Normality Of Man In To Kill A Mockingbird

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“I admire men of character and I judge character not by how men deal with their superiors, but mostly how they deal with their subordinates. And that, to me, is where you find out what the character of a man is” (General. H. Norman Schwarzkopf). Seeing how men deal with others, who are supposedly lower ranked than them, shows their true character. Atticus is known around town as a great lawyer in the novel, To Kill a Mockingbird, by Harper Lee. One specific case was given to Atticus to defend a black man against a white girl. During this time period, African Americans were looked down upon based on their race. Atticus knew he would not win because many members on the jury were racist, but he dedicated a lot of time to the case anyway; therefore,…show more content…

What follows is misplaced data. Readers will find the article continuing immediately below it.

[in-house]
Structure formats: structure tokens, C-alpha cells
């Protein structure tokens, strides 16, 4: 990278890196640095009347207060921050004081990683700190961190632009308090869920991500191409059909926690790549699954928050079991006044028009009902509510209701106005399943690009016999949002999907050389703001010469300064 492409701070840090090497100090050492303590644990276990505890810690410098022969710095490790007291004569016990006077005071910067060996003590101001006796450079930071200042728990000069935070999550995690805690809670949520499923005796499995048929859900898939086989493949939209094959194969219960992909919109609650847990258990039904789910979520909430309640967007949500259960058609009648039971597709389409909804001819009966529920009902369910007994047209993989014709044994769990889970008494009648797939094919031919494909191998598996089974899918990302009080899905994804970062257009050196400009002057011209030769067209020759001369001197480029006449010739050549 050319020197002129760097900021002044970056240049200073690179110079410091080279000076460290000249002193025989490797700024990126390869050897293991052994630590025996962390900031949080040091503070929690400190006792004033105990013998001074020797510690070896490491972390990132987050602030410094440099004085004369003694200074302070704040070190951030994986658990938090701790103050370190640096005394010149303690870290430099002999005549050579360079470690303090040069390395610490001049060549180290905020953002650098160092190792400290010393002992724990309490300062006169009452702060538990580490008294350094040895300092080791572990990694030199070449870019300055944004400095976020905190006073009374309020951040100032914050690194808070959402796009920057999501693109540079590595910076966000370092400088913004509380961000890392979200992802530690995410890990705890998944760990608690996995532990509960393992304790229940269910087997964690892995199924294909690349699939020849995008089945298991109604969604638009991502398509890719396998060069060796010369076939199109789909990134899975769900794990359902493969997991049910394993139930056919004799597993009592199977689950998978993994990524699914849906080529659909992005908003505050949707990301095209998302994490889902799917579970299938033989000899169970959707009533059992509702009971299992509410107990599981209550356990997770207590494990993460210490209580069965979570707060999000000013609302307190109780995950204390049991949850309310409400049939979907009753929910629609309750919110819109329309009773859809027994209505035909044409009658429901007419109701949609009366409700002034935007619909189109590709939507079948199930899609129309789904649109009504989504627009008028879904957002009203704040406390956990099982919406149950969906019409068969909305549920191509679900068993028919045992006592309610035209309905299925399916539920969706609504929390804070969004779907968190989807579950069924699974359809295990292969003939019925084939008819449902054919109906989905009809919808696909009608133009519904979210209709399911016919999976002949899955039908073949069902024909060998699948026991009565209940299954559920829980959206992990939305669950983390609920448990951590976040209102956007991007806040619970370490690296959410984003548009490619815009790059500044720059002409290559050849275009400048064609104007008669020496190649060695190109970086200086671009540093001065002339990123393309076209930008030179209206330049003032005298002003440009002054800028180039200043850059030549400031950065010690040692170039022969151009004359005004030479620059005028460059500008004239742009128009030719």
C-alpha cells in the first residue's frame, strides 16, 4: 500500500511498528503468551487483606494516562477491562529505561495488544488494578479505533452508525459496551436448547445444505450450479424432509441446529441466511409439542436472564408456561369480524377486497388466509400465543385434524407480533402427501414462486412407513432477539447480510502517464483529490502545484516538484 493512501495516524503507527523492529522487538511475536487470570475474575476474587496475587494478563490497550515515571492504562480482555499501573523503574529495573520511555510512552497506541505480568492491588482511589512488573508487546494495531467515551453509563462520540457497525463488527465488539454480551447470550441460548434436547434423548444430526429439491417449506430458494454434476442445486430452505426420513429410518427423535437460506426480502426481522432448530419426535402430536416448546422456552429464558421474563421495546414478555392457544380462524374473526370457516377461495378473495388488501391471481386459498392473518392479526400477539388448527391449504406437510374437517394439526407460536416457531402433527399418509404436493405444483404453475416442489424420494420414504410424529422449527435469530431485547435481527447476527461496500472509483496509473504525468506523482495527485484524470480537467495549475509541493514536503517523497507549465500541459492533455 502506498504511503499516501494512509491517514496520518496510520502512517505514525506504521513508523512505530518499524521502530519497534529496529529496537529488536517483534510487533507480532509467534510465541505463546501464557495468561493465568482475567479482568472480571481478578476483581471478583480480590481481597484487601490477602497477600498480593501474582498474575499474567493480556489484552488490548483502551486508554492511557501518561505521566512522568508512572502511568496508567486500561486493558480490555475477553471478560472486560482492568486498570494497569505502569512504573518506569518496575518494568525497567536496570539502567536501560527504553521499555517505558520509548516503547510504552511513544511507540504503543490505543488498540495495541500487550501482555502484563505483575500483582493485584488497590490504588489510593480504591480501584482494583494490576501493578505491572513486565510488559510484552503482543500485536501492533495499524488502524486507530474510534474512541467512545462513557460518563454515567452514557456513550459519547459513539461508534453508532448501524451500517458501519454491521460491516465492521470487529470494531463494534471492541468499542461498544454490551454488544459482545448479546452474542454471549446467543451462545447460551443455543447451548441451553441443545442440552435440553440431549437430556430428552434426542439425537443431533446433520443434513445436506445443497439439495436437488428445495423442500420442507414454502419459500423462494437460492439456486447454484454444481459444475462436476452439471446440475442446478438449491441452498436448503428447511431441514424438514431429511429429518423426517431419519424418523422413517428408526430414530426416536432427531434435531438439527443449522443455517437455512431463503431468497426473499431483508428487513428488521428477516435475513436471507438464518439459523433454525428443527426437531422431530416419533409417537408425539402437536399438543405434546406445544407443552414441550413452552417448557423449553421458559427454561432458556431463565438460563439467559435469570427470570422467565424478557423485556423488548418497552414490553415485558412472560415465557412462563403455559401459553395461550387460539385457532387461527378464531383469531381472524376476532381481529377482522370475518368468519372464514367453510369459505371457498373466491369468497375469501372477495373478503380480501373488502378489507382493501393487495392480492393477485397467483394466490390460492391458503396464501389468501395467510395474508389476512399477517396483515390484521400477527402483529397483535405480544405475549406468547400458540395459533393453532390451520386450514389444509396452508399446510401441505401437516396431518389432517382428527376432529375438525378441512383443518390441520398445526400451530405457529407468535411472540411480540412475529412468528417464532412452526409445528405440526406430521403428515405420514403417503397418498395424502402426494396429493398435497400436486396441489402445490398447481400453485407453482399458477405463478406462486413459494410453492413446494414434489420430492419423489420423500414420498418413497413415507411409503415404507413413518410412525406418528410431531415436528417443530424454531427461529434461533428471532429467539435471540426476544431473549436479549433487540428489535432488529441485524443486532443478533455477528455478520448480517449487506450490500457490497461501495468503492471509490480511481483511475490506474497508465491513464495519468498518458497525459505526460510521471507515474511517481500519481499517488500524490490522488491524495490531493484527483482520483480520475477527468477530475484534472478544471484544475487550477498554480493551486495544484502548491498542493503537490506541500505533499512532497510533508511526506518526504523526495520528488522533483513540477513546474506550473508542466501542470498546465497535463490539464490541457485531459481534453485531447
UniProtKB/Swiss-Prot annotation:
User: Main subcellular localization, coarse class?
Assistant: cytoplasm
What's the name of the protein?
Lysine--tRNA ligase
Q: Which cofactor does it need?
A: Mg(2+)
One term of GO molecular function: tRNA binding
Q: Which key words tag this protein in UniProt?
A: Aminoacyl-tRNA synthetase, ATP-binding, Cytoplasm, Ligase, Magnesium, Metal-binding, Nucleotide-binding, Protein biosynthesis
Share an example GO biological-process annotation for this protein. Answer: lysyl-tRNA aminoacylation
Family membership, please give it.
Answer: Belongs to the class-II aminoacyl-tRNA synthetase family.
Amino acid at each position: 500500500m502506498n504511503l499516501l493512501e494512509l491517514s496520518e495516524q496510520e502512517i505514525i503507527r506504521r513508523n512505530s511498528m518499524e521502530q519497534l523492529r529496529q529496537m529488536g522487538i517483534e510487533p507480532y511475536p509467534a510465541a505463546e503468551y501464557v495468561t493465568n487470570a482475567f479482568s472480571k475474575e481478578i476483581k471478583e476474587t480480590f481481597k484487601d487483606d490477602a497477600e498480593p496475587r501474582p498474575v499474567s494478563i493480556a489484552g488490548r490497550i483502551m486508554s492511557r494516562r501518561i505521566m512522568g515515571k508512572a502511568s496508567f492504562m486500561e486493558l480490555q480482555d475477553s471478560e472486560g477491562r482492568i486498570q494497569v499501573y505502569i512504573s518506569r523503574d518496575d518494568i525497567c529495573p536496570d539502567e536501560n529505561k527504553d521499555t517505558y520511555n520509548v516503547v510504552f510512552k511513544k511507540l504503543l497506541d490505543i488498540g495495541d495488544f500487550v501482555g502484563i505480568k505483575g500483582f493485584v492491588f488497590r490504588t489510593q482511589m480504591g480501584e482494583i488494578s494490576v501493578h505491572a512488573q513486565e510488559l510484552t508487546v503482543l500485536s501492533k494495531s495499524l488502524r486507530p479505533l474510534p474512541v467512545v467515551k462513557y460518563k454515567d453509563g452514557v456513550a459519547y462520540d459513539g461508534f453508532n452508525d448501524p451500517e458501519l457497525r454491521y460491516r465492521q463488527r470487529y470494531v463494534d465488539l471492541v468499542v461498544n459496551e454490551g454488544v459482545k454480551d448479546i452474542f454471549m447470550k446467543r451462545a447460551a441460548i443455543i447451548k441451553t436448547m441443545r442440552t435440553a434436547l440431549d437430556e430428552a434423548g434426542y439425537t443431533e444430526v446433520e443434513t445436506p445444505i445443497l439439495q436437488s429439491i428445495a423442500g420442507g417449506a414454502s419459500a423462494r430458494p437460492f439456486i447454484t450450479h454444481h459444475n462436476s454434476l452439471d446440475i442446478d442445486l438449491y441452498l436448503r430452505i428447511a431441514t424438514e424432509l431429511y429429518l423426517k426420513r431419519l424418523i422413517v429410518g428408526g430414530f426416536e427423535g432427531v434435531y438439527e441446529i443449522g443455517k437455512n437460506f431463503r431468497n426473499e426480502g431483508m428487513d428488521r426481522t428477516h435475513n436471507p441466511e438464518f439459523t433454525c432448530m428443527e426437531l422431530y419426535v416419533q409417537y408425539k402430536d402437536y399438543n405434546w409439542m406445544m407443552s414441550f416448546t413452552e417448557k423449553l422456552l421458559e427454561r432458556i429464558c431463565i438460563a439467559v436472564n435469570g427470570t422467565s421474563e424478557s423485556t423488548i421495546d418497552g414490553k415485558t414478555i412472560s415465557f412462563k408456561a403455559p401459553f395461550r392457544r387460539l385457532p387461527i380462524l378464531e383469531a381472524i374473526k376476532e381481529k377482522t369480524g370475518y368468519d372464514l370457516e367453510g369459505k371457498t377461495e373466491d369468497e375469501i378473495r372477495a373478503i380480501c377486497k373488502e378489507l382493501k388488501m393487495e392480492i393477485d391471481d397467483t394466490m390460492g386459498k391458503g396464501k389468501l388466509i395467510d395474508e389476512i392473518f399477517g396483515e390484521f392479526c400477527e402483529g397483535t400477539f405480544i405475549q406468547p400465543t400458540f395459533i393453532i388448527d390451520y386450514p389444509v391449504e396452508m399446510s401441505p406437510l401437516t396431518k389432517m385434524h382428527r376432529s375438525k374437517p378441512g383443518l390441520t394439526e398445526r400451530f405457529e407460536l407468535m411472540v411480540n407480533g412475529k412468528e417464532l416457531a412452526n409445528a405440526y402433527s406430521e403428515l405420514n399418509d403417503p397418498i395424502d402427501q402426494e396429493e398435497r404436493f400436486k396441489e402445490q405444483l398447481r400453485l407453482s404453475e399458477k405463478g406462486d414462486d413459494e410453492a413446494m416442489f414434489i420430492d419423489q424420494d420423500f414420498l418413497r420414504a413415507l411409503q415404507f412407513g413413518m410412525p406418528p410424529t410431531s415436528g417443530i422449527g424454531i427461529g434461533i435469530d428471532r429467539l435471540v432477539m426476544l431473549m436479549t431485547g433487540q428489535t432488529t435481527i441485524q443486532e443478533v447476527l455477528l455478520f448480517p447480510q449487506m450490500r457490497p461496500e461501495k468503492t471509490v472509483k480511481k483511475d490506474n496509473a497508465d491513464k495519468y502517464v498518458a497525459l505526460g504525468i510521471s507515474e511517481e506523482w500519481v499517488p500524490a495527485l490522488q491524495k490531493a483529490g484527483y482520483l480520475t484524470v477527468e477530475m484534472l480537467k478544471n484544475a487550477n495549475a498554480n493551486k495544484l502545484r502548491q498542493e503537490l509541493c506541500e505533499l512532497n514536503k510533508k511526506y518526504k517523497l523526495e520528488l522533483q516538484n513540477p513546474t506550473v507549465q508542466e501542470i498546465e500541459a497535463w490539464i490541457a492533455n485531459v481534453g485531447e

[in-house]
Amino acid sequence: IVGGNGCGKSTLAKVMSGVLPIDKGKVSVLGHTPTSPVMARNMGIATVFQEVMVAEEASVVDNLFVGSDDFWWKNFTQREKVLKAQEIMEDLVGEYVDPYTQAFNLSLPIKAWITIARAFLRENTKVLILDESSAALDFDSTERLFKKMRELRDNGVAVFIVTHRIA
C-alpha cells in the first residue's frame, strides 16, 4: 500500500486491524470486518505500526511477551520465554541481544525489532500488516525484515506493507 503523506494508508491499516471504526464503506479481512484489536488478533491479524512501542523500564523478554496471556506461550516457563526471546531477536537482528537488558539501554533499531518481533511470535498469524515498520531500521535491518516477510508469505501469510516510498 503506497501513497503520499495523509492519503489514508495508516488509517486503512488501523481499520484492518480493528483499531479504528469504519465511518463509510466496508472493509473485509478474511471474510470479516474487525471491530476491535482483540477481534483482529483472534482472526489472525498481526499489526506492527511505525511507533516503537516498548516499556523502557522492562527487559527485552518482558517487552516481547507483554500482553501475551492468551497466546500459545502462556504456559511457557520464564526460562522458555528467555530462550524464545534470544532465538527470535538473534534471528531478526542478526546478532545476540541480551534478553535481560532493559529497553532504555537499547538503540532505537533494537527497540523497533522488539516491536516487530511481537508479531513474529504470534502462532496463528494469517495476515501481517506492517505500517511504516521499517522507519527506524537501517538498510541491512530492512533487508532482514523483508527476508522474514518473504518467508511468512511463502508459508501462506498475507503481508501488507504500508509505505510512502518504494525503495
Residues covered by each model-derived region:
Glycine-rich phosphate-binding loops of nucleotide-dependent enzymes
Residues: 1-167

Atticus was given an impossible case to win, but he dedicated a majority of his time on the case. “This case, Tom Robinson 's case, is something that goes to the essence of a man 's conscience — Scout, I couldn 't go to church and worship God if I didn 't try to help that man” (104). This quote truly portrays Atticus’s character and mindset. During this time period, not many other lawyers would feel this way about that particular case. Atticus’s implies that he would not be able to carry on with his life without helping Tom Robinson and that he wanted to help Tom walk away a free man. He went against popular beliefs during that time, to defend Tom Robinson. A few of the civilians of the town, did not agree with Atticus’s mindset, and would call him harsh and rude names, but Atticus did not let the name-calling bother or stop him. “ ‘You aren’t really a nigger-lover, then are you?’ ‘I certainly am. I do my best to love everybody...I’m hard put, sometimes-baby, it’s never an insult to be called what somebody thinks is a bad name. It just shows you how poor that person is, it doesn’t hurt you”(108). Scout was asking Atticus about being a nigger-lover, and he explained to her that it is only an insult if she lets it bother her. Name- calling also shows how poor of a person the name caller is. In the courtroom, Atticus made an impact on the jury, but it just was not enough. “ I waited and waited to see you all come down the sidewalk, and as I waited I thought, Atticus Finch won’t win, he can’t win, but he’s the only man in these parts who can keep a jury out so long in a case like that. And I thought to myself, well, we’re making a step-it’s just a baby-step, but it’s a step” (216). Atticus made at least a small impression on the jury even though the case was a lost cause to begin with. With any other lawyer, the jury would not have listened as well, but they
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